Computational Phenotyping of Two-Person Interactions Reveals Differential Neural Response to Depth-of-Thought
Lohrenz, Terry B.
Montague, P. Read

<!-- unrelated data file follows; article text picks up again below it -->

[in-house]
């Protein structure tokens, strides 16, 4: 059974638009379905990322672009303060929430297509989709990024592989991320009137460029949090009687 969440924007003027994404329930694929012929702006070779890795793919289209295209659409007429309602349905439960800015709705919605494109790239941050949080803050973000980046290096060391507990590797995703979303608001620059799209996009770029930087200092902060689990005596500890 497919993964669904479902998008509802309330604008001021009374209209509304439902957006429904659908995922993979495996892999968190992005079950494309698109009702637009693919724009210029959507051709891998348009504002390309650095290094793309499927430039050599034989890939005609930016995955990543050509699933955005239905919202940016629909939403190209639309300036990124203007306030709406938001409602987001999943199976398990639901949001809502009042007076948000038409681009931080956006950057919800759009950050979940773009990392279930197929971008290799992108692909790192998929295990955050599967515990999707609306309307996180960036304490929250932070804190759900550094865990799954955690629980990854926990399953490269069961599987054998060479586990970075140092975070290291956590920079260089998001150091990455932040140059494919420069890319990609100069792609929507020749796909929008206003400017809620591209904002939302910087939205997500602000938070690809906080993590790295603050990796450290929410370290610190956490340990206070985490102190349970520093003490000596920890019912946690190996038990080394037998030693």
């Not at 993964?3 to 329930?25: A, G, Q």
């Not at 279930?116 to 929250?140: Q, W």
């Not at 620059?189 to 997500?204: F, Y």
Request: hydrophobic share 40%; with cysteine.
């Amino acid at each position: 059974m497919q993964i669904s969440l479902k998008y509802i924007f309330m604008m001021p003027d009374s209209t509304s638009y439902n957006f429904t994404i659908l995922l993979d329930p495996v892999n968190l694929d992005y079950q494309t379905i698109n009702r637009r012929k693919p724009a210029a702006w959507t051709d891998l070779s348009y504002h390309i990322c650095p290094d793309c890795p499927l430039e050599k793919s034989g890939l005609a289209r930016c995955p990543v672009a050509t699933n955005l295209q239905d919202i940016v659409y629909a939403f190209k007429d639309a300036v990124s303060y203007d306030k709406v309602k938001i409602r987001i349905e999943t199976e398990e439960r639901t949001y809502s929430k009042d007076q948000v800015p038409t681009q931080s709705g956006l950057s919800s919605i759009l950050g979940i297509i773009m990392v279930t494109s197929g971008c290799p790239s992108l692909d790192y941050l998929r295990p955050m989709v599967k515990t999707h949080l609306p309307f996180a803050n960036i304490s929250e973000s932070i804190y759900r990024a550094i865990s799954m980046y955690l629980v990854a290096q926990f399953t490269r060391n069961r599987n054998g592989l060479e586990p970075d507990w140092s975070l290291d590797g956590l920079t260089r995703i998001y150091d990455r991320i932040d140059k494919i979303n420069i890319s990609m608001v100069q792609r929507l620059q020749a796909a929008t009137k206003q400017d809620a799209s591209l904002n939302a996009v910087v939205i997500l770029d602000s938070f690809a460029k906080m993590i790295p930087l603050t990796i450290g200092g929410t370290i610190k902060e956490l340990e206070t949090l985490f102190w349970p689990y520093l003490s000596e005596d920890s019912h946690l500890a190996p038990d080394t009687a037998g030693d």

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Reciprocating exchange with other humans requires individuals to infer the intentions of their partners. Despite the importance of this ability in healthy cognition and its impact in disease, the dimensions employed and computations involved in such inferences are not clear. We used a computational theory-of-mind model to classify styles of interaction in 195 pairs of subjects playing a multi-round economic exchange game. This classification produces an estimate of a subject's depth-of-thought in the game (low, medium, high), a parameter that governs the richness of the models they build of their partner. Subjects in each category showed distinct neural correlates of learning signals associated with different depths-of-thought. The model also detected differences in depth-of-thought between two groups of healthy subjects: one playing patients with psychiatric disease and the other playing healthy controls. The neural response categories identified by this computational characterization of theory-of-mind may yield objective biomarkers useful in the identification and characterization of pathologies that perturb the capacity to model and interact with other humans.